Sunday, January 31, 2010
May the Best Ma...err...Wo...err...Director Win.
Last night Kathryn Bigelow won the prestigious Directors Guild of America award for her achievement in "The Hurt Locker".
Throughout the week leading to the ceremony a lot of people were torn between James Cameron for "Avatar" and Bigelow (I myself prefer Bigelow's work to Cameron).
Most of the ones who thought Bigelow would win attributed a big part of their theory around Ms. Bigelow's sexual organs.
"It's about time they reward a woman", "a woman has never won and it's time", "they'll wanna make history with a woman", "a woman needs to win this someday".
I say bullshit to all that.
Kathryn Bigelow won simply because she was the best director in the category.
This way of thinking comes off as slightly naive in a world where sexual equality is still an urban legend of sorts.
The minute "The Hurt Locker" became so popular among critics it was rare of them not to bring up Bigelow's gender as a plus.
Not only is she a woman, but she dared make a movie about men and not only that, but men at war in one of the most disastrous conflicts America has been stuck in.
She also showed them how it's done.
Many theories began to surface around how she would be recognized by awards groups because most of them would have a hard time understanding that this movie wasn't directed by a man. That isn't completely true because all of them brought up Kathryn's sex before even beginning to think about the movie.
To all of those I have to ask, what is so threatening about a woman understanding a man so well?
Why is it so incredible to believe that a woman might get the essence of war in ways Spielberg and Eastwood only wish they could?
Why is it so hard to believe that a woman would deliver one of the best action films of the decade and showed Michael Bay that action does not invalidate reason?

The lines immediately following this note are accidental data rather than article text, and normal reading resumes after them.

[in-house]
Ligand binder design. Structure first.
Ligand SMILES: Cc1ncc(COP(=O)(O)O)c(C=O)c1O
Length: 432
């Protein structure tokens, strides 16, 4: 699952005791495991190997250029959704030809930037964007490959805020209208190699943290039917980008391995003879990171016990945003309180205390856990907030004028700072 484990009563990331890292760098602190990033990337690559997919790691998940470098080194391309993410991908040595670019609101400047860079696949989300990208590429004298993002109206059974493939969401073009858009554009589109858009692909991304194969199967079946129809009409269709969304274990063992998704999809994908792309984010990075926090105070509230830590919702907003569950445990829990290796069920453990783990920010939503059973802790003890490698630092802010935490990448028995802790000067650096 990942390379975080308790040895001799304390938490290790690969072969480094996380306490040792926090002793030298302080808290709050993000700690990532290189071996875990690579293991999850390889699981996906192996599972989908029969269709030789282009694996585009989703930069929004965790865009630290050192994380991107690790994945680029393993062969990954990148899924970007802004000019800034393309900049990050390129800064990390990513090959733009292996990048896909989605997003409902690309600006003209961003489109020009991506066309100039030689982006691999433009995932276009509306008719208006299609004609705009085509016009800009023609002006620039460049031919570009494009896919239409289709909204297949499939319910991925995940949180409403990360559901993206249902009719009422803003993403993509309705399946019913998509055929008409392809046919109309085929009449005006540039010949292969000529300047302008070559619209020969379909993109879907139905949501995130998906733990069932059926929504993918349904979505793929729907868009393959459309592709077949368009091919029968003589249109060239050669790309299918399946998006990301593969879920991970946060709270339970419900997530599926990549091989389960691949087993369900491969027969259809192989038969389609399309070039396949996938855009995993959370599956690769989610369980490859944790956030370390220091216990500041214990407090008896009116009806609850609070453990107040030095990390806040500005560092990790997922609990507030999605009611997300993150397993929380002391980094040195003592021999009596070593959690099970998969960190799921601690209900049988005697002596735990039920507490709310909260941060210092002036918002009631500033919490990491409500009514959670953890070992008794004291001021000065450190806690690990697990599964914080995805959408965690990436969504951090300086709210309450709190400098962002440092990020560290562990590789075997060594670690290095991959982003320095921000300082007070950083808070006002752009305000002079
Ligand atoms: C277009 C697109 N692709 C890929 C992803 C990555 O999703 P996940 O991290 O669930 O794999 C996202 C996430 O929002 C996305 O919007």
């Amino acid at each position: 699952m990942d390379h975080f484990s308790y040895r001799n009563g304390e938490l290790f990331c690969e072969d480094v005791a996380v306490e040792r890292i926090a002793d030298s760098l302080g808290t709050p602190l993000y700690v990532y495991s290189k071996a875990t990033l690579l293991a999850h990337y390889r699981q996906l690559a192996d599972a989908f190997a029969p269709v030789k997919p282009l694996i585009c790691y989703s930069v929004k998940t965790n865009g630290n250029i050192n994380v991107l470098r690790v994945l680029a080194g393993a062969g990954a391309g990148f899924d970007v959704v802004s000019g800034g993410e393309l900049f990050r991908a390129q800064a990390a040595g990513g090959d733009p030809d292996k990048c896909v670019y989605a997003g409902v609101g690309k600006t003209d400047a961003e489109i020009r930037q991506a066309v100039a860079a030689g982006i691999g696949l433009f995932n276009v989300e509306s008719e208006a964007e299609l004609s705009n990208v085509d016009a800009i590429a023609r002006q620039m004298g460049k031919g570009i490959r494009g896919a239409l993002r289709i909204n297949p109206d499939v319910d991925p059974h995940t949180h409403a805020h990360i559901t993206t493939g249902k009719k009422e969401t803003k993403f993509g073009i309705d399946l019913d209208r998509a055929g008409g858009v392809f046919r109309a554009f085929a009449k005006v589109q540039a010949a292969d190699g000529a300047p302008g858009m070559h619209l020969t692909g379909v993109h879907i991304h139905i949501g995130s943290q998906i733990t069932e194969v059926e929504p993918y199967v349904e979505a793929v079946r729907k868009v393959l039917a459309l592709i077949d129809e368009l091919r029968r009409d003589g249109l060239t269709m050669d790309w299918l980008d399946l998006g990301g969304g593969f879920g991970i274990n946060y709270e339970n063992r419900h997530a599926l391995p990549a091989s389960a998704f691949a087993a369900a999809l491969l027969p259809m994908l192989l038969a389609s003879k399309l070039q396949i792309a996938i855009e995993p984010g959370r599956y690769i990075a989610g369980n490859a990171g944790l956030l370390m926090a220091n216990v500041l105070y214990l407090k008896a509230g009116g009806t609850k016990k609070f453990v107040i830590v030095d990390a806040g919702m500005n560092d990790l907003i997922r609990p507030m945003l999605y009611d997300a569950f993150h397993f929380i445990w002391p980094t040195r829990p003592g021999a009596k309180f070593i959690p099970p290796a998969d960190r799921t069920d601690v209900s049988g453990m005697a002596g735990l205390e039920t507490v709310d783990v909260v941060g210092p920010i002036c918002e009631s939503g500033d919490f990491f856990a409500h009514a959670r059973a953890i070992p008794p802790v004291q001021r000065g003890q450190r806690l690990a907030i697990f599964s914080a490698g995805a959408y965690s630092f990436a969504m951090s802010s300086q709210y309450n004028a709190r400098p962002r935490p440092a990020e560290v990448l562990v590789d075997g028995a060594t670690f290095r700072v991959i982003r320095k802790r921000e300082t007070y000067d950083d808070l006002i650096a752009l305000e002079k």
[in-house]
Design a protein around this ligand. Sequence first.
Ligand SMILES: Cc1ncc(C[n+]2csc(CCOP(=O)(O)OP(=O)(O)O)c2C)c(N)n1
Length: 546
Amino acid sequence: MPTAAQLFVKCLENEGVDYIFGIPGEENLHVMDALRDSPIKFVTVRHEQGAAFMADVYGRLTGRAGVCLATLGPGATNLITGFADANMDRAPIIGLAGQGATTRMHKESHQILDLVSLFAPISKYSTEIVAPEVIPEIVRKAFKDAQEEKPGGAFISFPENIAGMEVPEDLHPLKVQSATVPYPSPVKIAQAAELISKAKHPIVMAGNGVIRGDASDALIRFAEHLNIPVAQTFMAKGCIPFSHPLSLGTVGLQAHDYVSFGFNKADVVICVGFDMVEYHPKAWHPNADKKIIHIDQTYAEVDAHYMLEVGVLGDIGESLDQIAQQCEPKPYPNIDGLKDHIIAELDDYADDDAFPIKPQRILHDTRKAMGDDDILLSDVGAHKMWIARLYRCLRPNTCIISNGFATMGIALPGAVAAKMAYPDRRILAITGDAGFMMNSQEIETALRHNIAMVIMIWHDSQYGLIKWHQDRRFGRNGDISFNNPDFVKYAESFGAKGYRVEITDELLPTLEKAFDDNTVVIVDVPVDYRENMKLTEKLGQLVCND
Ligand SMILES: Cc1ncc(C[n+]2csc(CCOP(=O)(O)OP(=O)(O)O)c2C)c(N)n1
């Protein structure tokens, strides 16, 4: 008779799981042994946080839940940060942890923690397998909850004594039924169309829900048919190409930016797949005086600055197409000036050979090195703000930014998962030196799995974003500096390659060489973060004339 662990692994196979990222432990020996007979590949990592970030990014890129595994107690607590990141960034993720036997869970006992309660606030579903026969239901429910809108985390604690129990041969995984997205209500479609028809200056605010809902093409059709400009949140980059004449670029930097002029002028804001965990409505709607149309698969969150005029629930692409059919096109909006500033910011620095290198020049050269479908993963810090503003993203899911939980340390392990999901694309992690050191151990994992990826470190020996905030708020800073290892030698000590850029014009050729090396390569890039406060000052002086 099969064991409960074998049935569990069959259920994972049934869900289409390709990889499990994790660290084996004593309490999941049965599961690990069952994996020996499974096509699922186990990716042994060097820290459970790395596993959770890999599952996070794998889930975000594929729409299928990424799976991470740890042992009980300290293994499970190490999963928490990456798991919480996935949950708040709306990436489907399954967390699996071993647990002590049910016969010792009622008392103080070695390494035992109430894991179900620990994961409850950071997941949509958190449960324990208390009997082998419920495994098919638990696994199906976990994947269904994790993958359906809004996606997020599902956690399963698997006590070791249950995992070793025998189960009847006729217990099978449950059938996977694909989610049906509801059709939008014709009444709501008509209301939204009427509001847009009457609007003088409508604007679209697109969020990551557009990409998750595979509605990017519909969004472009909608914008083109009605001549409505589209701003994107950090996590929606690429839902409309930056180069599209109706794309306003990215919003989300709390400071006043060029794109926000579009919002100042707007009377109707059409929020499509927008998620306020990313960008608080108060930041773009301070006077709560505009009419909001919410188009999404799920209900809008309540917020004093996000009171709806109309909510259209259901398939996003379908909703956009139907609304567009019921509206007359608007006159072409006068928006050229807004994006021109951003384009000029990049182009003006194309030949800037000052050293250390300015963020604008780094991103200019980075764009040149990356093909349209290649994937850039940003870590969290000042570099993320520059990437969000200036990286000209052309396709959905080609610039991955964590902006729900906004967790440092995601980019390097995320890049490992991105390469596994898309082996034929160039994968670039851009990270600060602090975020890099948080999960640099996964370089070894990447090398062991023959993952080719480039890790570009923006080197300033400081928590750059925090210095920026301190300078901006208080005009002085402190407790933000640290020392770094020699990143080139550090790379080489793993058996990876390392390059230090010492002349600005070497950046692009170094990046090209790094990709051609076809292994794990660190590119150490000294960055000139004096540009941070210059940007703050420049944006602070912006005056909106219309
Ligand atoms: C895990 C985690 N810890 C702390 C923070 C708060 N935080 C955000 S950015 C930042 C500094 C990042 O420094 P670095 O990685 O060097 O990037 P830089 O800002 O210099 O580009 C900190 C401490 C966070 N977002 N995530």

Before we go that far I offer you two examples: just two years ago Isabel Coixet proved she dominated Philip Roth in ways no other filmmaker ever could.
In "Elegy" she not only got one of the greatest performances Ben Kignsley's ever given, she also showed that sometimes women are the best "men" for the job.
Coixet captured all the nuances, fears and lust that a man would've thought of as personal invasion. Directing like hers' requires a sort of fearlessness and awareness that beyond the obvious there lies a bigger truth.
"Elegy" wasn't about a midlife crisis, it was about a person.
Sofia Coppola did the same for bittersweet Bob Harris in "Lost in Translation". As played by Bill Murray with charm straight out of a Preston Sturges movie, he created the ultimate version of a movie star: the one that has to come down from the firmament and acknowledge his earthiness.
Sure Coppola also fashioned a great character out of Charlotte (Scarlett Johansson) but wasn't Bob the one that stuck with you the most?
In a fair world, Sofia would've won the best director Oscar, but of course the Academy had to correct the mistakes it had made two years before and reward Peter Jackson for his cumulative directorial effort in "The Lord of the Rings".
I might even add-and I know few will agree with me-that Jane Campion should've won back in 1993 for "The Piano".
Had history gone that, way not only would this whole "woman" thing be over and done with, the best nominees would've also won.
Deep inside I know that the whole "let's make history" need has been a predominant trend in the last five years or so.
How wouldn't it? When society starts falling into the kind of decay it has over the last decades, people need a reminder that change is possible, a reminder that we don't have to remain stuck in mud up to our necks.
Here is when-even for a second or two-the idea of making history gets the best in us. Content with this forced progressive mindset, society then moves into making the next "historical" even occur.
I wish that a day will come when gonads will no longer factor as ways to evaluate an individual's achievement.